A power distribution unit is a device for controlling electrical power. The most basic PDU is a large power strip without surge protection. It is designed to provide standard electrical outlets for data center equipment and has no monitoring or remote access capabilities. In a data center, however, floor-mounted and rack-mounted PDUs are more sophisticated. The data provided by a PDU can be used for power usage effectiveness (PUE) calculations.
A floor-mounted PDU, sometimes called a main distribution unit (MDU), provides an important management bridge between a building's primary power and various equipment racks within a data center or network operations center (NOC). Each PDU can handle larger amounts of energy than an ordinary power strip (300 kilovolt-amps and higher depending on the manufacturer and model) and typically provides power to multiple equipment racks.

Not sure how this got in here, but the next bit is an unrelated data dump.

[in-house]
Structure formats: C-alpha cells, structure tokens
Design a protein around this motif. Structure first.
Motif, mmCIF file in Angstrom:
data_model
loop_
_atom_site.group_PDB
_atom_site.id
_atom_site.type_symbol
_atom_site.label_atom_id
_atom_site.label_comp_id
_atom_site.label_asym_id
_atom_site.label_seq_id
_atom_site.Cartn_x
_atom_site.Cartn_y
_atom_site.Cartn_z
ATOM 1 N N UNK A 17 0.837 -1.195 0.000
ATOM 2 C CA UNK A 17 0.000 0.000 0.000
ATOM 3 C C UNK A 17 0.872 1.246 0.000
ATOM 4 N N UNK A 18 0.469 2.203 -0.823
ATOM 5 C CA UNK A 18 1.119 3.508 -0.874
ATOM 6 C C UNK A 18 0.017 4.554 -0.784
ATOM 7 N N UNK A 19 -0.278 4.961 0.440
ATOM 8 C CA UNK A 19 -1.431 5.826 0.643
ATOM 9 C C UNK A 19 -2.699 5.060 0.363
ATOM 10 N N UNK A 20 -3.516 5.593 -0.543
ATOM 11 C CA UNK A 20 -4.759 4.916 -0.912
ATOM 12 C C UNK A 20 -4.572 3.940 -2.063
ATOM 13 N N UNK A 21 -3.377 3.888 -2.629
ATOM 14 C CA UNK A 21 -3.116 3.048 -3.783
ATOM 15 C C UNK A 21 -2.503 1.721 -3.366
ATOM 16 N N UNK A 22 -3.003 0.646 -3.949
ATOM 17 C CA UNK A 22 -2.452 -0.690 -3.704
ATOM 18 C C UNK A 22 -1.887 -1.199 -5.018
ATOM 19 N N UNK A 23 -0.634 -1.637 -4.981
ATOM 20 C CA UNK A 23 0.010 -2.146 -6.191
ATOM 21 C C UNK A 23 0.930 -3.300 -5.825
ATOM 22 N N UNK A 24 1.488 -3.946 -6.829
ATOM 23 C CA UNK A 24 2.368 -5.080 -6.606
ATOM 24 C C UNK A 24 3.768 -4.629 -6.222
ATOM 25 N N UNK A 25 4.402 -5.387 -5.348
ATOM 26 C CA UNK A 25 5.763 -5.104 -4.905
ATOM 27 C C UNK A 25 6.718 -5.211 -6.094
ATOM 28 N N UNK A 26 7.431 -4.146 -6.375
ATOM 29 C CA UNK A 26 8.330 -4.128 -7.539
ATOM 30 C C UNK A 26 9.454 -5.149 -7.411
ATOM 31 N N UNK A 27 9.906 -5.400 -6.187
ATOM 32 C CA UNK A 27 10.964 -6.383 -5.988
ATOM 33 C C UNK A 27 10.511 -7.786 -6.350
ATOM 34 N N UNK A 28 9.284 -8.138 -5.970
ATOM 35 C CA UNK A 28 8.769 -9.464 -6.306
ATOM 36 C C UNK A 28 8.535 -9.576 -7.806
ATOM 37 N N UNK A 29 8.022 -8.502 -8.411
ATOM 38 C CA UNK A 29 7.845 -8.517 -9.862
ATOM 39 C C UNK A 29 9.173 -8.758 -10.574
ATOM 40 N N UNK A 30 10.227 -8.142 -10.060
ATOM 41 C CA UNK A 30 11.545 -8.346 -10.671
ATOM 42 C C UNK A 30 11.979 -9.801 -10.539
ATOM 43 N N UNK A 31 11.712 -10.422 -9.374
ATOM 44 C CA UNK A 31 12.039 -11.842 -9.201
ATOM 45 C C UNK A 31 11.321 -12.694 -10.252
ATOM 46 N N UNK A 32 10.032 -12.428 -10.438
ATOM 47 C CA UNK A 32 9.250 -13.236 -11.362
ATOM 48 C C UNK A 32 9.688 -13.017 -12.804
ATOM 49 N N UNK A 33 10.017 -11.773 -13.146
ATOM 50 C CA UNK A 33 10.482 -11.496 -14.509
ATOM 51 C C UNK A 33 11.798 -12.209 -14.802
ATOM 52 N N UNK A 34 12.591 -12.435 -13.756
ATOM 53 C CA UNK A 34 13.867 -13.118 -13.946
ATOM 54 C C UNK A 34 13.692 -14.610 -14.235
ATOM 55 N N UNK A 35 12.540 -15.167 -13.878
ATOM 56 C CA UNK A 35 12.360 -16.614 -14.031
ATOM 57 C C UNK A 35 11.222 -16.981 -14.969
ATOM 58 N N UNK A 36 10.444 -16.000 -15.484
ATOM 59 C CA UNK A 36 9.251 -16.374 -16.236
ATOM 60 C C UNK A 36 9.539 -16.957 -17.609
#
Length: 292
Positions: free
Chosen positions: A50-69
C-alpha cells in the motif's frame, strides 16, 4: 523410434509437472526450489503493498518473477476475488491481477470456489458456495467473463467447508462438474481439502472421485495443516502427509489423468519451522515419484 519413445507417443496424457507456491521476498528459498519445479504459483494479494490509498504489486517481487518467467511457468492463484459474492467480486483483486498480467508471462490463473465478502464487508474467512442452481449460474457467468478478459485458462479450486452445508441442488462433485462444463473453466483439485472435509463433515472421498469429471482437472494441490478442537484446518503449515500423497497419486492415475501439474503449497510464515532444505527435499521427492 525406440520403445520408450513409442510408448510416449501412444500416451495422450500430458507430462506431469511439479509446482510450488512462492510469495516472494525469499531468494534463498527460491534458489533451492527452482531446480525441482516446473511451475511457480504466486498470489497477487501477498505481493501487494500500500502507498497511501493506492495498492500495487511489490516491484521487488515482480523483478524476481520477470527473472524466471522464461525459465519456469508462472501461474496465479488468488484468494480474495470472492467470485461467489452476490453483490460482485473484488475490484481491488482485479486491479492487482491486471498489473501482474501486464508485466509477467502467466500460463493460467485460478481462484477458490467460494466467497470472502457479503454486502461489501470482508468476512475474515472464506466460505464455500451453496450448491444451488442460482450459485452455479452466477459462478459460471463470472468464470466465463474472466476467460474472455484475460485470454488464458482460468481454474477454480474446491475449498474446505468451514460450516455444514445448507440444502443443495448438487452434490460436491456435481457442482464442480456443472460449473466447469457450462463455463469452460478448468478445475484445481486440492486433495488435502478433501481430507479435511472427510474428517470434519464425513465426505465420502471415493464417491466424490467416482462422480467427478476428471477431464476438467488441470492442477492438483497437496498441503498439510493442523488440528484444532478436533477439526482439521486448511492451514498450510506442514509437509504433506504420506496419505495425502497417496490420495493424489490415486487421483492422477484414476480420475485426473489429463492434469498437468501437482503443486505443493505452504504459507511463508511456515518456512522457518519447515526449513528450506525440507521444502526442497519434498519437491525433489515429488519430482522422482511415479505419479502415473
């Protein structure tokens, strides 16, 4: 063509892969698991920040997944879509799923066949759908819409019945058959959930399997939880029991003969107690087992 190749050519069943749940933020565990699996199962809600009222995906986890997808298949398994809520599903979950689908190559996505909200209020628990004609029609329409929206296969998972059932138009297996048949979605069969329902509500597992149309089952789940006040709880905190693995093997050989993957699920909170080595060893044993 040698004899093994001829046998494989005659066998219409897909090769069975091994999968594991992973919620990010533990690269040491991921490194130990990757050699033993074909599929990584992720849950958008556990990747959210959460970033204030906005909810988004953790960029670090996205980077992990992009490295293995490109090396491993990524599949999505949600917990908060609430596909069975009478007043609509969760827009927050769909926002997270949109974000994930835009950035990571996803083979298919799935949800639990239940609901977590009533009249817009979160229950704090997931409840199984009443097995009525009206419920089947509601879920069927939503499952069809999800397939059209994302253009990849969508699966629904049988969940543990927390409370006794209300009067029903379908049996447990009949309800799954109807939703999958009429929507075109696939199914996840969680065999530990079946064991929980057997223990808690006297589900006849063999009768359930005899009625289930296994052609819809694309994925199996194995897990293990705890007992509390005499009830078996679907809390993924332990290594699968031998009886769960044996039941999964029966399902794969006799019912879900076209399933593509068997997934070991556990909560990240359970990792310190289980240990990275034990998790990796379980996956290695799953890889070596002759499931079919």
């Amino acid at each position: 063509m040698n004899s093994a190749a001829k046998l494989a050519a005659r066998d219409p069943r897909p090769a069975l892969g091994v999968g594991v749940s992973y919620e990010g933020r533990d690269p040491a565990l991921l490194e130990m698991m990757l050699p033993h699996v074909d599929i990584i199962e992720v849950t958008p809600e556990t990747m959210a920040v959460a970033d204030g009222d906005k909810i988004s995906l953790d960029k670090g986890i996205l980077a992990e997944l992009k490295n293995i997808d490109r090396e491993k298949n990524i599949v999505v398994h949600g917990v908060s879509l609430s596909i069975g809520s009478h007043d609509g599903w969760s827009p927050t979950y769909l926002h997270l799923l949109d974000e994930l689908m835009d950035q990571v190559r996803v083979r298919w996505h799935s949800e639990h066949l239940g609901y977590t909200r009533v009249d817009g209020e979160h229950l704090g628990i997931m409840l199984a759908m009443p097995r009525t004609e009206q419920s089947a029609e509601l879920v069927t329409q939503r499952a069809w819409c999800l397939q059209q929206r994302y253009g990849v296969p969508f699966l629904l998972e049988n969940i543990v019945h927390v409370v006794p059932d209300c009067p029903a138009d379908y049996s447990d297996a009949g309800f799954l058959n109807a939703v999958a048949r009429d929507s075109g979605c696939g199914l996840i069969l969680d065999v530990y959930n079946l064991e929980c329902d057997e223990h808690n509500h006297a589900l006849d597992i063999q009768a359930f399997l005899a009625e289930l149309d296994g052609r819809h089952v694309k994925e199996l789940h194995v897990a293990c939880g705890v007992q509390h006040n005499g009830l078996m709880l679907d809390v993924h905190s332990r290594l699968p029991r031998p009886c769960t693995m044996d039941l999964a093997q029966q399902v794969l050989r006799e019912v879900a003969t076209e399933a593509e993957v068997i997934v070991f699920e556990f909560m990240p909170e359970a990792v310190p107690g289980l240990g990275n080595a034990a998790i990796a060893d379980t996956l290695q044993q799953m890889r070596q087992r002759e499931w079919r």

A rack-mountable PDU mounts directly to an equipment rack so it can control and monitor power to specific servers, switches and other data center devices and assist in balancing power loads. Rack-mountable PDAs are known by several different names, including smart PDUs and intelligent PDUs. Such PDUs include three-phase displays for devices sharing power well as remote management tools that use the Simple Network Management Protocol (SNMP) to provide administrators with the ability to adjust and monitor power demands from offsite locations.
TechTrainer explains how to select a rack PDU.